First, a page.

May 26, 2009

A Caribbean Course On Life Support...

Seems like the last fifteen-odd days have flown by in a flash for me -- first down to my hometown to watch the Space Shuttle Atlantis liftoff, then back home for two quick days of work, a couple of rounds of golf and then down to Sint Maarten for our annual trip to the West Indies.

Even though there is a lot of golf in the Caribbean, Sint Maarten is not one of those places. There is but a single shaggy and unkempt course on the island, Mullet Bay, a remnant of a housing complex that was destroyed in the mid-1990's by Hurricane Luis, a Category Five that swept over the 37 square-mile spit of land and then turned around and came roaring over once again for good measure. Since then, the condos at Mullet Bay have been mired in legal jockeying that has lasted well over a decade: the owners want their vacation homes rebuilt, and the company that owns the property wants to replace what's left with new development sold to new owners. Antillean lawyers and courts have been trying to resolve this, but the empty and shattered buildings have sat empty now since 1995, with no permanent resolution in sight.

In the middle of it all sits the golf course, if you could call it that. It's not well cared for, and to say that your local $10 par three track is in better shape would be an insult -- to the par three. The fairways are semi-mown weeds and sand, the greens crusty and as bumpy as the beach a few hundred yards away. In other words, it's in awful condition.

Still, Mullet Bay has its charms even if they are extremely difficult to find in its ruins. Awful as it is, the course is kind of a throwback to the original game of golf the way it was played back in 19th century Scotland. The Old Course in St. Andrews was once a field for sheep, after all, and there was no army of greenskeepers back then to tend the place for globetrotters and no great championships until the 1860s to make it a hallowed ground. Mullet Bay has goats, but really, is there much difference? Golf is, after all, a game of getting your ball into the hole in fewer strokes than your competition and you are all playing the same conditions. That doesn't mean Mullet Bay will ever be Saint Andrews, but still, there's a stick with a flag at the end of every hole and getting there sooner is all that matters.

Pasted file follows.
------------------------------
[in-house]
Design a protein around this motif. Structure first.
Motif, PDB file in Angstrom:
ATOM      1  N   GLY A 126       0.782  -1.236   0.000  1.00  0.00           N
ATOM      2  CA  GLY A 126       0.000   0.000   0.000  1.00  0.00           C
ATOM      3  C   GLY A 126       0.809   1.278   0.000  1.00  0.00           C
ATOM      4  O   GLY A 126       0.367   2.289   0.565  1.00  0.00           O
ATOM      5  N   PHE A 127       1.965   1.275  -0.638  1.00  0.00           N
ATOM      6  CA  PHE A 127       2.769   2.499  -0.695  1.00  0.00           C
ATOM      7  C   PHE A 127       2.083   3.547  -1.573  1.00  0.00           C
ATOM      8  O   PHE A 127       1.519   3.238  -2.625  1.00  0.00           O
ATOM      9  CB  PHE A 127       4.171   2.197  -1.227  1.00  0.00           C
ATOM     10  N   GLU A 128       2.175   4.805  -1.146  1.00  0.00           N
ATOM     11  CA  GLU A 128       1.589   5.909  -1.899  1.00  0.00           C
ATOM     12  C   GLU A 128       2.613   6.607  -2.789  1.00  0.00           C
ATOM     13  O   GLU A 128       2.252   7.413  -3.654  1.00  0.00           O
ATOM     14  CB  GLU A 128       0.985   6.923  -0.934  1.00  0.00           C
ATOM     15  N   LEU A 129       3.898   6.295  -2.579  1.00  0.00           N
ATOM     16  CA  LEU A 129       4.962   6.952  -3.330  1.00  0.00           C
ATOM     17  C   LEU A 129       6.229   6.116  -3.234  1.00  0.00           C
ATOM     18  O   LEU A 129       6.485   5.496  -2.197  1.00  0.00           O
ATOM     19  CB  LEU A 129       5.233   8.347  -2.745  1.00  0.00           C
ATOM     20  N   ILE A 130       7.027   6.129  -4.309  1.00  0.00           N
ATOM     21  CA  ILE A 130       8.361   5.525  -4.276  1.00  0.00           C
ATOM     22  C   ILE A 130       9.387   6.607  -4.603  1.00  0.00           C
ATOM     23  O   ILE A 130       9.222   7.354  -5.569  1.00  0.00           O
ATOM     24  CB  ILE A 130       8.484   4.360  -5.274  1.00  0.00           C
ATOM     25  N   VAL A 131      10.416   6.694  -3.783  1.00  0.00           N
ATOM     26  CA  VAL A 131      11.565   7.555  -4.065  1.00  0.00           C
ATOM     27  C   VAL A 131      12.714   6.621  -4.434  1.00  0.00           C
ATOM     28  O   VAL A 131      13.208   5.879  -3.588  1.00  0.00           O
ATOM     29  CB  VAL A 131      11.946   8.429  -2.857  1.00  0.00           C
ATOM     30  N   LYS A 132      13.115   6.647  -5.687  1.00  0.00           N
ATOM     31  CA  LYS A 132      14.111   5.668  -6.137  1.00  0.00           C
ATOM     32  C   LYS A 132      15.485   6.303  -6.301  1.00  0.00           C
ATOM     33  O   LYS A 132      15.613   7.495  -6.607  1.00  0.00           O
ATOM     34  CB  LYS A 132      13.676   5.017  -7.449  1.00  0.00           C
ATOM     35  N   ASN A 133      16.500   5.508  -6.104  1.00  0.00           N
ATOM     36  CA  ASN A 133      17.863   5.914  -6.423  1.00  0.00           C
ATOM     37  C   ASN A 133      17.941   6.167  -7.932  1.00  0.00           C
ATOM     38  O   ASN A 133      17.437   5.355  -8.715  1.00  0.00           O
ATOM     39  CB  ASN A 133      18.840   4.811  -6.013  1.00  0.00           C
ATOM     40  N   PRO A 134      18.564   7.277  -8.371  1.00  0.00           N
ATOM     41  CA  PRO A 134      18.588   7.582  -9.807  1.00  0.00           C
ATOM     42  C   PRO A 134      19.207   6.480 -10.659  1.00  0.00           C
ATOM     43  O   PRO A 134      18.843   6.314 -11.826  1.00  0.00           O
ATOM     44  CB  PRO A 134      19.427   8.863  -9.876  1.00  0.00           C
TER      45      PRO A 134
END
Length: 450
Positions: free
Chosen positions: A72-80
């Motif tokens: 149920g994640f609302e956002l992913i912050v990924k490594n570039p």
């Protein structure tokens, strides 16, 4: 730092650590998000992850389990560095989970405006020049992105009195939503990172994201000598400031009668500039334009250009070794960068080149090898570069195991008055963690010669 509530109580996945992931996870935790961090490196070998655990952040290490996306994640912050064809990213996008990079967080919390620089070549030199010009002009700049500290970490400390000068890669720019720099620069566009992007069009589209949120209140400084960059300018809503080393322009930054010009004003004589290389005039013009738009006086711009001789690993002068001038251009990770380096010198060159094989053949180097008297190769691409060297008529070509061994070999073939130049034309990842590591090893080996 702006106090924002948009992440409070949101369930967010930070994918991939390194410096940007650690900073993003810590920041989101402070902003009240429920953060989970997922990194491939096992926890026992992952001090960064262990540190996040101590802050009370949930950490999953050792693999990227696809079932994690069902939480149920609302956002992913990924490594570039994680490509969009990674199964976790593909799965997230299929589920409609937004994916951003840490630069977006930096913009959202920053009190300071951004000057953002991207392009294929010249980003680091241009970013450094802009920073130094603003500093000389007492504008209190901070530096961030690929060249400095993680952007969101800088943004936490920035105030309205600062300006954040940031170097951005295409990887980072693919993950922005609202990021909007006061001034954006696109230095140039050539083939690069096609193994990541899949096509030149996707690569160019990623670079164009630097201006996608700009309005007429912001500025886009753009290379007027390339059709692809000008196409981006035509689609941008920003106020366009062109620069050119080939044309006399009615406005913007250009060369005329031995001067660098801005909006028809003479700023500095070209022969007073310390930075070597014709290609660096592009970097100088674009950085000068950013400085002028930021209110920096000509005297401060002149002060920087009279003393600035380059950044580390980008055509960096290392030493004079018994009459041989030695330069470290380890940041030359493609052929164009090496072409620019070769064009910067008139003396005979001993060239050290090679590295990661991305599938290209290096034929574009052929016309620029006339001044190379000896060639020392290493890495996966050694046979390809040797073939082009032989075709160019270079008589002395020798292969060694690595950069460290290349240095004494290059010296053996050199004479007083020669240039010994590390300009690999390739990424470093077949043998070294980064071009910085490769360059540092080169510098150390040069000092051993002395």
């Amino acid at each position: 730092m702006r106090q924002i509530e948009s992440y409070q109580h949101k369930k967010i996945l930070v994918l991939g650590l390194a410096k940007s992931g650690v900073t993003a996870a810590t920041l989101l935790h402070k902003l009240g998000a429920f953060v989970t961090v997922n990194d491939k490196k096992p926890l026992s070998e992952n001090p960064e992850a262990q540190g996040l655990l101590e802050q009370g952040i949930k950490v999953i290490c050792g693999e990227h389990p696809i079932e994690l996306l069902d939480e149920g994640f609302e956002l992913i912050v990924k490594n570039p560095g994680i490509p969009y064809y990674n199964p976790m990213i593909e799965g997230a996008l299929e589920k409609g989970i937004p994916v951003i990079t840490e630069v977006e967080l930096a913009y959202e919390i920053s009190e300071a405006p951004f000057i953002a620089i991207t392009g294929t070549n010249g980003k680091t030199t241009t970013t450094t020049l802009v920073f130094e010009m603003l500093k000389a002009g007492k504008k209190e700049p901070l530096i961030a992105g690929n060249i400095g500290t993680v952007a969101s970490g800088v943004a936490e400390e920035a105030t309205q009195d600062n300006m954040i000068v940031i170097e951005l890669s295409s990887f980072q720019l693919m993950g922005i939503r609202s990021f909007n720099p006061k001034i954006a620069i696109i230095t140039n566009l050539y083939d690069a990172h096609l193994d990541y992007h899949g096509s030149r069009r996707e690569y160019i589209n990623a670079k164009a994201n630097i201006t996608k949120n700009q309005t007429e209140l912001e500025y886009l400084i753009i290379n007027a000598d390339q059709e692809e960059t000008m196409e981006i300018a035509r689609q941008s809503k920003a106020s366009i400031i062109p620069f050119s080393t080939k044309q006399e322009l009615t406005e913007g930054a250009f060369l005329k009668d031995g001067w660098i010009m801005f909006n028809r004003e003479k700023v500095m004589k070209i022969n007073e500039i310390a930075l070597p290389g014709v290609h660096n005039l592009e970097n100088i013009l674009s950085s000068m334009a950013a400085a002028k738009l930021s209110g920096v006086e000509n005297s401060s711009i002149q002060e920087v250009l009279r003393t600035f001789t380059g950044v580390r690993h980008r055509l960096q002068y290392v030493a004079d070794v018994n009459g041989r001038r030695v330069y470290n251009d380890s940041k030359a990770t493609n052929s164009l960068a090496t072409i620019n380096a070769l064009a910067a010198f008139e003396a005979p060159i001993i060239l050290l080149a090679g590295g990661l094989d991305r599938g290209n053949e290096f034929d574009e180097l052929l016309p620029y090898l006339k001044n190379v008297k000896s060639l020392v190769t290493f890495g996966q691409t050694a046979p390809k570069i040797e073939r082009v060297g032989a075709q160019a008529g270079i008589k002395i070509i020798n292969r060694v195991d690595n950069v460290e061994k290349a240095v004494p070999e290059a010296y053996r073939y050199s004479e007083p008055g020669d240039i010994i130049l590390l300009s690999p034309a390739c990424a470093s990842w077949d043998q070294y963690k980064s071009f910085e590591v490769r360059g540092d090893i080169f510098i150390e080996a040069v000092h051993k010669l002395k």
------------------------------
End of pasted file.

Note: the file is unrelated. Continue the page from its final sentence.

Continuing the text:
There is hope that the once-proud course will be restored to its former glory, as it once was pristine, well-tended and a great golfing experience -- as evidenced by many old reviews easily found with a quick Google search.

It costs $53 to play Mullet Bay, if you are interested, and of course, are on the island. Of course, for ten times that much and the price of a ferry road to adjacent Anguilla, you can play at Temenos, a new Greg Norman design that is getting a lot good reviews.

Finally, it would be unfair to present a picture of Mullet Bay Golf Course without showing you the beach it sits aside, because illustrating the juxtaposition should drive the paradox of it all home in your mind's eye:

1 comment:

  1. I like courses like this, really. There were a smattering of par 3 type courses in the midwest that still had the oiled sand greens.

    There's something refreshing about playing one of these...reminds you of why you picked the game up in the first place -- it's fun.


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